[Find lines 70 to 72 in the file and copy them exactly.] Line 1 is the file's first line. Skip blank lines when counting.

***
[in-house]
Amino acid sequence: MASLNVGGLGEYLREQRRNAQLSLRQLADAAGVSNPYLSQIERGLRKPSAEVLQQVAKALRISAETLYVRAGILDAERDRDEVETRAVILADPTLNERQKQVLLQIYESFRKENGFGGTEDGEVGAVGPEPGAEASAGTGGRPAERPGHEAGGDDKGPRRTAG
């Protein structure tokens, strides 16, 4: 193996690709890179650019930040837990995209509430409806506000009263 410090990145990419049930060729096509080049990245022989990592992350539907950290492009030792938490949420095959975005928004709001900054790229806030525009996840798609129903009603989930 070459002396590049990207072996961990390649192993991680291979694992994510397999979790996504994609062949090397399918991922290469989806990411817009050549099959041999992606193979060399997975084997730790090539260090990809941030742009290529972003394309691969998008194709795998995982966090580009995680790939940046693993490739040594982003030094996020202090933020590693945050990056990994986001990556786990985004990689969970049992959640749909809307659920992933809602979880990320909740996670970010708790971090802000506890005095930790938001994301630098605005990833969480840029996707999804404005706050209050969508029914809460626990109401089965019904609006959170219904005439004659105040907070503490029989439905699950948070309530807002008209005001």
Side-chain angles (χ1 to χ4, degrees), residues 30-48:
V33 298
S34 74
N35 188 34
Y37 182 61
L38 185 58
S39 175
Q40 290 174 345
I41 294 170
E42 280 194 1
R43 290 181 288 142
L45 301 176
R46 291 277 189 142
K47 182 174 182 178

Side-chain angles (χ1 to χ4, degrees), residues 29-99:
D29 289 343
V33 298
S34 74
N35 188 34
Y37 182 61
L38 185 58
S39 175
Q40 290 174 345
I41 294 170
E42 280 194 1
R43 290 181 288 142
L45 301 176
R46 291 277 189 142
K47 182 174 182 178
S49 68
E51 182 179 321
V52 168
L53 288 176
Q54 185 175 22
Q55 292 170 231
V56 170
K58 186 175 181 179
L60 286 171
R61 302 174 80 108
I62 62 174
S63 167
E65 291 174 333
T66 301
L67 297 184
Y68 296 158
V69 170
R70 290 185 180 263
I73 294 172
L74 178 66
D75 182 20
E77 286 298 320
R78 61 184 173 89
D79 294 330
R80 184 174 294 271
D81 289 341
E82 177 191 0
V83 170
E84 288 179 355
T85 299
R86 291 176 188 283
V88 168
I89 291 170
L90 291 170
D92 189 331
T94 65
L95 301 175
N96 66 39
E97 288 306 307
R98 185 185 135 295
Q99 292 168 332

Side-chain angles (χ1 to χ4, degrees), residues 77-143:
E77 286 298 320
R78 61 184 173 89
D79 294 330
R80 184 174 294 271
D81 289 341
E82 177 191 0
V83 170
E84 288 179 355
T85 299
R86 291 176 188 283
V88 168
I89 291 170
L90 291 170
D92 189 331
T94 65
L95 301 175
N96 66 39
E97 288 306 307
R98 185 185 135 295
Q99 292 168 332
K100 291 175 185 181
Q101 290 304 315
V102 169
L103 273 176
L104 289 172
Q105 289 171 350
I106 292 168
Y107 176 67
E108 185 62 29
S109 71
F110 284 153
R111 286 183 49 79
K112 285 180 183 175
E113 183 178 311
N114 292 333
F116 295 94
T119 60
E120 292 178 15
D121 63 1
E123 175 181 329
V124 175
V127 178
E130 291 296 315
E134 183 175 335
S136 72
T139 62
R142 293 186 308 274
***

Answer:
N96 66 39
E97 288 306 307
R98 185 185 135 295